Mr. Mulley

I cannot give way.

Dr. Hampson rose

Mr. Mulley

I shall not give way.

Mr. Deputy Speaker

Order. This is an education debate.

Mr. Mulley

I want to try to reply as fully as possible to the debate, and time is very short. If the hon. Member for Ripon (Dr. Hampson) wants to put one question, I shall give way, but I shall not be talked out.

Dr. Hampson

What will it cost the Treasury to find about 70,000 or 80,000 places which will be the shortfall in the State system caused by these schools going independent, and particularly sixth form places, which are so few in many of the areas in which these schools are situated?

Mr. Mulley

I was about to give these figures. The cost factor is brought out. At one end of the range of possibilities, the worst thing that can happen may involve a cost of up to £12 million, but, alternatively, it may well be possible to make a saving of £30 million. We cannot give exact figures because, as the hon. Gentleman will know, the schools have until the end of the year before they make their decision—whether to come into the maintained sector or to go independent. Most of them have not told us yet. Until we know that, we cannot give an exact figure or even an estimate of the cost. We might save £30 million. It might cost £12 million extra if they were all to come into the maintained sector.

I was asked by the hon. Member for Chelmsford about the interests of the pupils in the schools. We intend to continue the capitation grants in respect of children presently in direct grant schools until they complete their secondary education. In the case of those schools which decide to come into the maintained sector we have not recommended broader organisational changes because we do not yet know which schools will be coming in, and the detailed arrangements will have to be worked out with local authorities.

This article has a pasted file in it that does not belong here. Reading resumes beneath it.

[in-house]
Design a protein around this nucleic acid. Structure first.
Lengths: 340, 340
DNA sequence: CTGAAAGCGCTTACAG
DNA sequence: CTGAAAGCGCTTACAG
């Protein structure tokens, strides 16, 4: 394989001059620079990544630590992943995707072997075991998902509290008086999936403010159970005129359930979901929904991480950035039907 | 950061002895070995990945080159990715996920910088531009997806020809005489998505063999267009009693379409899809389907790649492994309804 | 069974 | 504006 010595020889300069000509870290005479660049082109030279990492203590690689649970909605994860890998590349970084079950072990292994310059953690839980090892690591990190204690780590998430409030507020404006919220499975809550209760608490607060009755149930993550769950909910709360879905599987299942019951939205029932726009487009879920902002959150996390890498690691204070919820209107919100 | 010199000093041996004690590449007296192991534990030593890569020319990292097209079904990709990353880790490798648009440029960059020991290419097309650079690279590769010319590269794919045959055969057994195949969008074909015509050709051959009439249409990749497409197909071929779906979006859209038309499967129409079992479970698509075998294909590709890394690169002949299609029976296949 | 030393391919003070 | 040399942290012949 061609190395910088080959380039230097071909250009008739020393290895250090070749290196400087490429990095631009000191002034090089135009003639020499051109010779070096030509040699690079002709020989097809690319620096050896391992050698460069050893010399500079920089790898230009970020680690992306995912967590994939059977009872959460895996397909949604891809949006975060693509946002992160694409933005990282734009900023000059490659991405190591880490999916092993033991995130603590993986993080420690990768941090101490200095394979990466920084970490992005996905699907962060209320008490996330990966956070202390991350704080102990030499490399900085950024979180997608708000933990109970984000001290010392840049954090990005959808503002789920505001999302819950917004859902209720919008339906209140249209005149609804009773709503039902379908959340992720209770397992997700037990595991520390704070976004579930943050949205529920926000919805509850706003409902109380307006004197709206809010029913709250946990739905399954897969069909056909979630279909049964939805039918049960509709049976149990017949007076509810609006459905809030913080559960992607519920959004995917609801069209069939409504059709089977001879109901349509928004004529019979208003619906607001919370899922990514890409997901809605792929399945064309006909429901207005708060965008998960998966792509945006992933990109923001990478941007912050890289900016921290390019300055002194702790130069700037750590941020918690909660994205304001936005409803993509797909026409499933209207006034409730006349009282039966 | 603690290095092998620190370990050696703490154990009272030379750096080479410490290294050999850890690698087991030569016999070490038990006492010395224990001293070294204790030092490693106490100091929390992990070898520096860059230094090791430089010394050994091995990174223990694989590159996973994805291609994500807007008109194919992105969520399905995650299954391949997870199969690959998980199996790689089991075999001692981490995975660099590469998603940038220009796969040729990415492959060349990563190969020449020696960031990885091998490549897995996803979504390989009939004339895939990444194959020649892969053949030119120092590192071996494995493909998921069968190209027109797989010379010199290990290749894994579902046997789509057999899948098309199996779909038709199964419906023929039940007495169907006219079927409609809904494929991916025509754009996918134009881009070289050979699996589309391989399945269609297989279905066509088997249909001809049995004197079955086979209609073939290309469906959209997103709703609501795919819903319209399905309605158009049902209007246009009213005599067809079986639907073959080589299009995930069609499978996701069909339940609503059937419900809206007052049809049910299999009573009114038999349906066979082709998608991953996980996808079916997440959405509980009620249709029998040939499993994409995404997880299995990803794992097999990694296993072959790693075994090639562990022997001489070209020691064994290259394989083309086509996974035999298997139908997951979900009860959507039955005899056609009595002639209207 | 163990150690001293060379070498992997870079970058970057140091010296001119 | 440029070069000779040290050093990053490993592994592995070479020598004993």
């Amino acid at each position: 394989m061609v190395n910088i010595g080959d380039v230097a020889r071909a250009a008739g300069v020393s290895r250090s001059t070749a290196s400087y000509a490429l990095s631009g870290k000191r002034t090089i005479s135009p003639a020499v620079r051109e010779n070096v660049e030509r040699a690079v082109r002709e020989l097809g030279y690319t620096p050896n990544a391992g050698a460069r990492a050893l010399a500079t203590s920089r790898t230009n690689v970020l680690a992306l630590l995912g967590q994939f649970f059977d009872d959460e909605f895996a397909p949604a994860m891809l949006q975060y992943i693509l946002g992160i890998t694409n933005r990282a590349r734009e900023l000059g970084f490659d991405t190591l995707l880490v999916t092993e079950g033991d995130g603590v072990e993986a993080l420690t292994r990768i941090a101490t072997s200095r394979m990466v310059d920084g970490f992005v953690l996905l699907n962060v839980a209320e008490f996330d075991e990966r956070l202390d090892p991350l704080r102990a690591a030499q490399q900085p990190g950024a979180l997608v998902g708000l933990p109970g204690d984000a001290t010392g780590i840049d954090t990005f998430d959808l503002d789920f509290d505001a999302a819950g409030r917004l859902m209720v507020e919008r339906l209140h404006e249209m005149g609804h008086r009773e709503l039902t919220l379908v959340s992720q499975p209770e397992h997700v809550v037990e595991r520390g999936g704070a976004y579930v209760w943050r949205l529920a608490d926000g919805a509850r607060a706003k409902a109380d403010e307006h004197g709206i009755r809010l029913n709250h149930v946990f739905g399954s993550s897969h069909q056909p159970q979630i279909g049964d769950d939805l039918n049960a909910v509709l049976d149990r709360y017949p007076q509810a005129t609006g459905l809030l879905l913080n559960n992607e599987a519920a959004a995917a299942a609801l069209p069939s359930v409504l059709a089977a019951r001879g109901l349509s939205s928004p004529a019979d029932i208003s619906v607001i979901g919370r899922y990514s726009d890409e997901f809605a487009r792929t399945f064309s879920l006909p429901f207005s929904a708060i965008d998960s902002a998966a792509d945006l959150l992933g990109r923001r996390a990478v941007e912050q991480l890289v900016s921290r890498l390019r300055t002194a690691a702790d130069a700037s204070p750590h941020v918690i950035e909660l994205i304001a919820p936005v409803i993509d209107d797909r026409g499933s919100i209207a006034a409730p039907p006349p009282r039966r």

As to the actual amount of fees, the fees may rise if the schools go independent. If the schools come into the public sector there will be no fees. If the fees rise because the schools wish to go independent, the poorer parents will continue to get the benefit of the remission of fees scheme. But, clearly, if they opt to go independent there is no obligation on our part to keep raising the remission levels in the years to come for parents who are able to pay the higher fees. We have given the assurance that the jobs and status of teachers coming into the public sector will be safeguarded. Where this is not possible in certain cases, the question of compensation will be gone into with the teachers and schools concerned.